The high-stakes battle over President Biden’s student debt relief plan reached the Supreme Court on Tuesday, with each justice giving a glimpse into their thinking during back-to-back oral arguments.
Biden’s plan appears in peril after the court’s conservative majority cast doubt on the administration’s authority to forgive up to $20,000 in student debt for qualifying borrowers in two separate challenges.
The case more broadly touched on a number of legal issues — states’ ability to challenge administration policies they don’t like and the scope of executive authority — that revealed insights into each justice’s approach to cases.
Here’s a key statement from each justice during Tuesday’s arguments:
Chief Justice of the United States John Roberts arrives before President Joe Biden delivers the State of the Union address to a joint session of Congress at the Capitol, Tuesday, Feb. 7, 2023, in Washington. (Jacquelyn Martin, Pool)
“We’re talking about half a trillion dollars and 43 million Americans. How does that fit under the normal understanding of ‘modifying’?“
Roberts, the chief justice, near the start of the first argument pressed U.S. Solicitor General Elizabeth Prelogar on how the HEROES Act justifies cancelling hundreds of billions of dollars in debt.
The law, which the administration cites as authorizing the plan, enables the education secretary to “waive or modify” federal student financial assistance programs in connection with national emergencies — in this instance, the pandemic.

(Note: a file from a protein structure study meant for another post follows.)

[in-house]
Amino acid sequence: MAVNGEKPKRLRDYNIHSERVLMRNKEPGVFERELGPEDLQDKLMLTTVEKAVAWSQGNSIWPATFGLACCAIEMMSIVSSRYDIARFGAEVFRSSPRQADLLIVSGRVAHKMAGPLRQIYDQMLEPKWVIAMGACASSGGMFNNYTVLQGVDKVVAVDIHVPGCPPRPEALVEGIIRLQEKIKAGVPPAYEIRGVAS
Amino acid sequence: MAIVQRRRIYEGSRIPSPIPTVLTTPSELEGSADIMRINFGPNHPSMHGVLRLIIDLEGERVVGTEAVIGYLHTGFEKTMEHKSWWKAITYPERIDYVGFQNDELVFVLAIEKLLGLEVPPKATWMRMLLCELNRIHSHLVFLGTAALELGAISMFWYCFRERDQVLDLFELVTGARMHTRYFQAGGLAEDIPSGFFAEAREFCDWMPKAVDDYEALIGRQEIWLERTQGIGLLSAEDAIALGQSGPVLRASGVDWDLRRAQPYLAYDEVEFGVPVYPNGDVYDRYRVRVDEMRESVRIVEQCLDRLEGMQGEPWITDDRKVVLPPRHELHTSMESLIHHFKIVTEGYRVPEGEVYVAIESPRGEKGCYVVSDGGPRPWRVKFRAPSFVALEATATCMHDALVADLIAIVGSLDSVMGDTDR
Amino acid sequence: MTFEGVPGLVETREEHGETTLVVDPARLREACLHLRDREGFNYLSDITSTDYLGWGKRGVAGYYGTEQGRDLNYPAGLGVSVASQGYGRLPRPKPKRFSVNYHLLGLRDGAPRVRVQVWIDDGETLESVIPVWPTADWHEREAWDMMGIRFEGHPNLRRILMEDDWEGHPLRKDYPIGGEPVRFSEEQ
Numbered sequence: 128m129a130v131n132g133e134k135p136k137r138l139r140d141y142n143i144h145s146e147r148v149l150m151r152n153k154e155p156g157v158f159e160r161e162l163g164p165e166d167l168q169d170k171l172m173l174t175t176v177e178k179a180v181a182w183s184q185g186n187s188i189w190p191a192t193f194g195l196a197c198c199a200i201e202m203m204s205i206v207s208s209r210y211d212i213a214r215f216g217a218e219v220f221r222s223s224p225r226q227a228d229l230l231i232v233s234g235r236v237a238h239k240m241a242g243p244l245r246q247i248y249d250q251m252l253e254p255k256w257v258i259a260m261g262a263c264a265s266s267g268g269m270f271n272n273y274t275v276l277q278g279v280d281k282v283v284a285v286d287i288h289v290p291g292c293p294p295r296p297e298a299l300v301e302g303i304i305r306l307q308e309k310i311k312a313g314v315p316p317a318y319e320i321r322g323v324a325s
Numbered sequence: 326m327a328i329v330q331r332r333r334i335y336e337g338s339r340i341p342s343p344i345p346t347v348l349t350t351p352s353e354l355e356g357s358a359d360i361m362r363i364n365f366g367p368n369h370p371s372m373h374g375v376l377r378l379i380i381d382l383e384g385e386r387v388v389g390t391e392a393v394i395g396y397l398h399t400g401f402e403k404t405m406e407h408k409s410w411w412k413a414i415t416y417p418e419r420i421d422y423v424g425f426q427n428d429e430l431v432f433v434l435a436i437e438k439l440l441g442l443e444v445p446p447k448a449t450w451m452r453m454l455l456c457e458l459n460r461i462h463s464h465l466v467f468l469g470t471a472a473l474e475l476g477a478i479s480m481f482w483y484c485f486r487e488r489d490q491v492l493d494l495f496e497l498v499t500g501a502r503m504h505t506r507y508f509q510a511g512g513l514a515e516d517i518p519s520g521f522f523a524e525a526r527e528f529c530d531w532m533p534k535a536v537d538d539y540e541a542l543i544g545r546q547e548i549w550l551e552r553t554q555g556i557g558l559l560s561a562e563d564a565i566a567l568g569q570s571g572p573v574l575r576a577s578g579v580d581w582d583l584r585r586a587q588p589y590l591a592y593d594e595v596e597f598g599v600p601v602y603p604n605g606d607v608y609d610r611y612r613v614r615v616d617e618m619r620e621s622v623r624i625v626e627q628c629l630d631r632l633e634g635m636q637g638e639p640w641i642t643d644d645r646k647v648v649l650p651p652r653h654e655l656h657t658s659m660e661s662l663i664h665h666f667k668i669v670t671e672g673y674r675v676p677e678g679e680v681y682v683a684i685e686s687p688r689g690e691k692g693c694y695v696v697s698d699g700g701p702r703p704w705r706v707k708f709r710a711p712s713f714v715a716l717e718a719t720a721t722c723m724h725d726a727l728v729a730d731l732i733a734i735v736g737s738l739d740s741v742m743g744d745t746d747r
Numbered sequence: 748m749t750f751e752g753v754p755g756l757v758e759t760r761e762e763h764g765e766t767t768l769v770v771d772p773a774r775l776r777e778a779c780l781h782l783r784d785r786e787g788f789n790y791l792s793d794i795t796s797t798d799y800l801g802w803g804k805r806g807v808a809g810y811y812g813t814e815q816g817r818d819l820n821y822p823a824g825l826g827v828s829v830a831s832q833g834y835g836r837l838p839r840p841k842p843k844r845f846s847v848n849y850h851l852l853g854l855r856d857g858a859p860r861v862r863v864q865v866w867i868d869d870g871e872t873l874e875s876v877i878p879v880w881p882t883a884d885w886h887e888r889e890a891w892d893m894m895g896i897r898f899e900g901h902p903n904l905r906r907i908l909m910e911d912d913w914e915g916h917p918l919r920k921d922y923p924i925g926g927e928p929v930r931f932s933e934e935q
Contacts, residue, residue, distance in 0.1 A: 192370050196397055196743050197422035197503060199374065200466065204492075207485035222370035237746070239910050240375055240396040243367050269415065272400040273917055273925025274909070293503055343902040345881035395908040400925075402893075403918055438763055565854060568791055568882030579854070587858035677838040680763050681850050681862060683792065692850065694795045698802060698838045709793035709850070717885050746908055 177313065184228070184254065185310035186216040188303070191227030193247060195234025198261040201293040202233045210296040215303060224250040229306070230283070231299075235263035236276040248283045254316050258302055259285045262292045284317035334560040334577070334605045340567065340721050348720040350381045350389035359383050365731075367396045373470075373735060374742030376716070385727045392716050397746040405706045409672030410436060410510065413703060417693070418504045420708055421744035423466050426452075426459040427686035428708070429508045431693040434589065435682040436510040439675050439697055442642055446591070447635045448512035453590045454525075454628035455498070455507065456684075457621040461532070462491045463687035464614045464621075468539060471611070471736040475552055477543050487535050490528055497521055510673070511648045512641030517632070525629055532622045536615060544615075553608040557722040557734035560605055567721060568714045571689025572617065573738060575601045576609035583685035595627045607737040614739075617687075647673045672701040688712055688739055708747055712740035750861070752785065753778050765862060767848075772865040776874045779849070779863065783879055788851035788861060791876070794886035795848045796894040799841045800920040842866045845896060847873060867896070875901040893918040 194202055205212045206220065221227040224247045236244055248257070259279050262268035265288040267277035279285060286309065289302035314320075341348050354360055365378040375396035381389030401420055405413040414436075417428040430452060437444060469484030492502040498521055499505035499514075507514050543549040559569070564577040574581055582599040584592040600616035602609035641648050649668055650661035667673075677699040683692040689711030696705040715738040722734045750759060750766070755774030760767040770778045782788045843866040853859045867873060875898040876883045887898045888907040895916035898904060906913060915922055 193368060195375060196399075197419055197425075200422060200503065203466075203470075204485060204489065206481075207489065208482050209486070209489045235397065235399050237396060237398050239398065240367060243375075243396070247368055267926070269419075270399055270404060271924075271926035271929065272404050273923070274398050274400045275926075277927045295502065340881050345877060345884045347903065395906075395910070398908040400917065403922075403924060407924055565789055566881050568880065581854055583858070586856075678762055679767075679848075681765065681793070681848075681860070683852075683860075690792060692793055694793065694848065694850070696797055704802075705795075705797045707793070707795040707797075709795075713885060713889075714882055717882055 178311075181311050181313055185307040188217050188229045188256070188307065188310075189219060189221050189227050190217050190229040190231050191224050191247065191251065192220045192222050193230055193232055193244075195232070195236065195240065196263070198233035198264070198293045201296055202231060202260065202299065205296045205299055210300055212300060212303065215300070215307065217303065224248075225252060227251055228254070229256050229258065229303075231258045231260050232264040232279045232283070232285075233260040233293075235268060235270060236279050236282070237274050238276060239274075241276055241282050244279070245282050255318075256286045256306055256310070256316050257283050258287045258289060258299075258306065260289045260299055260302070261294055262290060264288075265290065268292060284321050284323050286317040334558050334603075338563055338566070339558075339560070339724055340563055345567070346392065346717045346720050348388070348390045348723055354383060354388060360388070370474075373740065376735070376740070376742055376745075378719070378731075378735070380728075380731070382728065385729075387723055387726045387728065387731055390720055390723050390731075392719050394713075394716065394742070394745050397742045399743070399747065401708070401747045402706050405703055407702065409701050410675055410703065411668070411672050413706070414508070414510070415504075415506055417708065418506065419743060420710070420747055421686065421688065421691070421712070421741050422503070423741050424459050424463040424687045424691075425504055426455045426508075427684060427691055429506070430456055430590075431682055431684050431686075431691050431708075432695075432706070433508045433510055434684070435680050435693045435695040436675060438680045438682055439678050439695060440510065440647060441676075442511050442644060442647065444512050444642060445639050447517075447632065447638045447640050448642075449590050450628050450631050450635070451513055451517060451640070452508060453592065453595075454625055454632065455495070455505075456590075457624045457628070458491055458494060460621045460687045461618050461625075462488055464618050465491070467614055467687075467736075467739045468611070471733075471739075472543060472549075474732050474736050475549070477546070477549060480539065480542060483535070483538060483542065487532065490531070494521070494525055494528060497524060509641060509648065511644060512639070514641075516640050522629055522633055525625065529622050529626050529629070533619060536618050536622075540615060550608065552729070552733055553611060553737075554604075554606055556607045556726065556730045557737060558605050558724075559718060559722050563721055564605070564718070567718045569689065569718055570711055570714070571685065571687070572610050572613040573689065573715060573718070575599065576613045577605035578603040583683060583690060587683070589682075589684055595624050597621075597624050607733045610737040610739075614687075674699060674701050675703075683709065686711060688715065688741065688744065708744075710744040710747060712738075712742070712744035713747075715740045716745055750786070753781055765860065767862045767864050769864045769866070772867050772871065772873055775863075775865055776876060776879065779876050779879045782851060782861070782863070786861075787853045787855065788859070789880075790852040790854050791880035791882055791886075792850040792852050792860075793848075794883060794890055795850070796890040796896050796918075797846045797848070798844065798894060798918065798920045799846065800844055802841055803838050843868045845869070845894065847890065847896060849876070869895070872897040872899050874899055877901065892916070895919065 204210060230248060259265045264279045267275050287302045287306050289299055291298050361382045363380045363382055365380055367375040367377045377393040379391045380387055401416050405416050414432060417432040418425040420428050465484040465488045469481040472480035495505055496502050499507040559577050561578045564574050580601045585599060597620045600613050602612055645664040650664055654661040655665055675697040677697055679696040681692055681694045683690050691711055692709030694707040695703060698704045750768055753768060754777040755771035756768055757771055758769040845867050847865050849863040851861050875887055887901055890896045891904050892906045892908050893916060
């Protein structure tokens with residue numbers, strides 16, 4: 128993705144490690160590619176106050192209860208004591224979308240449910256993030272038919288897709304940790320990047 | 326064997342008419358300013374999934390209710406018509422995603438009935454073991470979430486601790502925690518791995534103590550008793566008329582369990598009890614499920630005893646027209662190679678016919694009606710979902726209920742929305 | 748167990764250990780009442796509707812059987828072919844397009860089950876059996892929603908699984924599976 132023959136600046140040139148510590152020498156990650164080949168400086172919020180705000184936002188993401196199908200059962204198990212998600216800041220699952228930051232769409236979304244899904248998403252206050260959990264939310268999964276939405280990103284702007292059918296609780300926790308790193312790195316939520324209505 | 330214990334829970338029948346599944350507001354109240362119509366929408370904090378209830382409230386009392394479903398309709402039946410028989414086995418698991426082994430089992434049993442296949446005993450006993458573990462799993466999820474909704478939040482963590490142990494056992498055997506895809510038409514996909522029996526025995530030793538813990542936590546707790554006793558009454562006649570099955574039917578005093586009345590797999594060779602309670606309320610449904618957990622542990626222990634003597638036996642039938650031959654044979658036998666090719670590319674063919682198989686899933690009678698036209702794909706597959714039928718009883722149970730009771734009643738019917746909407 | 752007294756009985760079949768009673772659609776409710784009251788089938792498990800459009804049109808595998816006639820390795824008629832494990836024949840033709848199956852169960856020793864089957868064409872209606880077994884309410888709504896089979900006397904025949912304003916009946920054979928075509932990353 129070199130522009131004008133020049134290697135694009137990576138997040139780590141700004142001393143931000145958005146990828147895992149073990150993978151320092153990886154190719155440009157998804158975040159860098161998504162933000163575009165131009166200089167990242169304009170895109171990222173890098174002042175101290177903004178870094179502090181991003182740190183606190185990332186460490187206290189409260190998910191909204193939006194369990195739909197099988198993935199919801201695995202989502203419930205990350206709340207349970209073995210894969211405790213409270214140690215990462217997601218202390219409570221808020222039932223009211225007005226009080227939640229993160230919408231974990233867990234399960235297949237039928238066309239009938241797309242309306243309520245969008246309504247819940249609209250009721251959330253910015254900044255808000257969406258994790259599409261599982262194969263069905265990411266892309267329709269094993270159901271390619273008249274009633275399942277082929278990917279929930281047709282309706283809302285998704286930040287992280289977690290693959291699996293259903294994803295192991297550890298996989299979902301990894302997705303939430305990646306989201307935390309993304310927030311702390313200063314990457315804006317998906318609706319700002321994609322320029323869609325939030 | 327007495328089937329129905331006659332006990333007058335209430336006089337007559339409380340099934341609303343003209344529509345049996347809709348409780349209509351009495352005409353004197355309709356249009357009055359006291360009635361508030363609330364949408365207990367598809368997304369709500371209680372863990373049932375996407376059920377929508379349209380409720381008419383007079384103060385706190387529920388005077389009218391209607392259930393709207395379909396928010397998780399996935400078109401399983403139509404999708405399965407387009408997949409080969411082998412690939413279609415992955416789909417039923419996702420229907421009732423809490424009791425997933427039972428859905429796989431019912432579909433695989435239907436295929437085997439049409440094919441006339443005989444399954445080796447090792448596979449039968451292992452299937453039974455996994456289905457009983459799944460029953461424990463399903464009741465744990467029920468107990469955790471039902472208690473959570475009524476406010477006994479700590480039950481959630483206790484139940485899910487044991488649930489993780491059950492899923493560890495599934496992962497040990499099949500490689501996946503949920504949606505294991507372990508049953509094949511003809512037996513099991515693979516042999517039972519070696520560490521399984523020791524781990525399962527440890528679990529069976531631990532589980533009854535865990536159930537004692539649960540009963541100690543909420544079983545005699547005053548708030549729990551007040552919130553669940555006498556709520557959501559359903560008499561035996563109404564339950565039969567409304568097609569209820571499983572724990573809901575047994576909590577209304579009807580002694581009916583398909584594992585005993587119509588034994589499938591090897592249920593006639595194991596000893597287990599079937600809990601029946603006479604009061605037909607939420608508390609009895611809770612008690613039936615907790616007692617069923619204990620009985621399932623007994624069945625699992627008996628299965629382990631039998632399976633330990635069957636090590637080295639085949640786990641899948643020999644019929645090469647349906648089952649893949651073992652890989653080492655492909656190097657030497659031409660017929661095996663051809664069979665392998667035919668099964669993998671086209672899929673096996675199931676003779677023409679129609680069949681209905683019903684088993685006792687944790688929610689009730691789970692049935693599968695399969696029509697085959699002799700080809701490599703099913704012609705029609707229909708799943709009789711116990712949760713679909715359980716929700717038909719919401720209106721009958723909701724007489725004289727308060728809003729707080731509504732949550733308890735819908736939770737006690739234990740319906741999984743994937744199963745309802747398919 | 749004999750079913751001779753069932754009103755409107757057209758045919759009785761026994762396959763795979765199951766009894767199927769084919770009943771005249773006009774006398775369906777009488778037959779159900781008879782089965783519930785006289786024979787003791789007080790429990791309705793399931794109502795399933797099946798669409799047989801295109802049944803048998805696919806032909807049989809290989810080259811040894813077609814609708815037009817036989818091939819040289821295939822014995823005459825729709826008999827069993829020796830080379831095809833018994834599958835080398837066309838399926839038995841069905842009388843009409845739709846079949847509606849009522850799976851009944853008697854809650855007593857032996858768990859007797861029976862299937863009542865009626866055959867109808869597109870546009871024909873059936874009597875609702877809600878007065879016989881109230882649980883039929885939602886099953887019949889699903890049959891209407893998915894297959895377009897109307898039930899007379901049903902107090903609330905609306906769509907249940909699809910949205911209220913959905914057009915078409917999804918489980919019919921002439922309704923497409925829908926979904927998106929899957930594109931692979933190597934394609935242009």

But Roberts repeatedly stressed the plan’s price tag, quoting the late conservative Justice Antonin Scalia as defining “modify” as “moderate change” and questioning how Biden’s plan falls under that definition.
Supreme Court Justice Clarence Thomas delivers a keynote speech during a dedication of Georgia new Nathan Deal Judicial Center in Atlanta, Feb. 11, 2020. (Associated Press/John Amis)
“Could you explain then, in other provisions there is express language as to cancellation, and, of course, there isn’t here.”
Like most oral arguments, Thomas became the first justice to ask a question before remaining fairly quiet afterward.
Thomas leveraged the opportunity to kick off the high-stakes argument by noting other statutes that explicitly refer to debt cancellation. He compared that to how the administration is justifying their plan as merely a waiver and modification.
It became the first of many moments in which the court’s conservatives appeared to invoke the “major questions” doctrine, which requires Congress to speak clearly when authorizing an agency to take actions with vast economic and political significance.
In his only other line of questioning to the solicitor general during the first case, Thomas noted the difference between past uses of the HEROES Act to pause student loan payments during the pandemic.
“Forbearance fits more comfortably in waive or modify language,” Thomas said. “It’s you simply forbearing on collecting an underlying debt, but you don’t cancel the debt. And that’s what we’re talking about here.”
Gorsuch gave Campbell an opportunity to challenge some of the Biden administration’s claims about the student debt relief program. (Greg Nash)
“I understand the Secretary has considerable expertise when it comes to educational affairs, but in terms of macroeconomic policy, do we normally assume that every Secretary, cabinet member, as learned as they are, has that kind of knowledge?”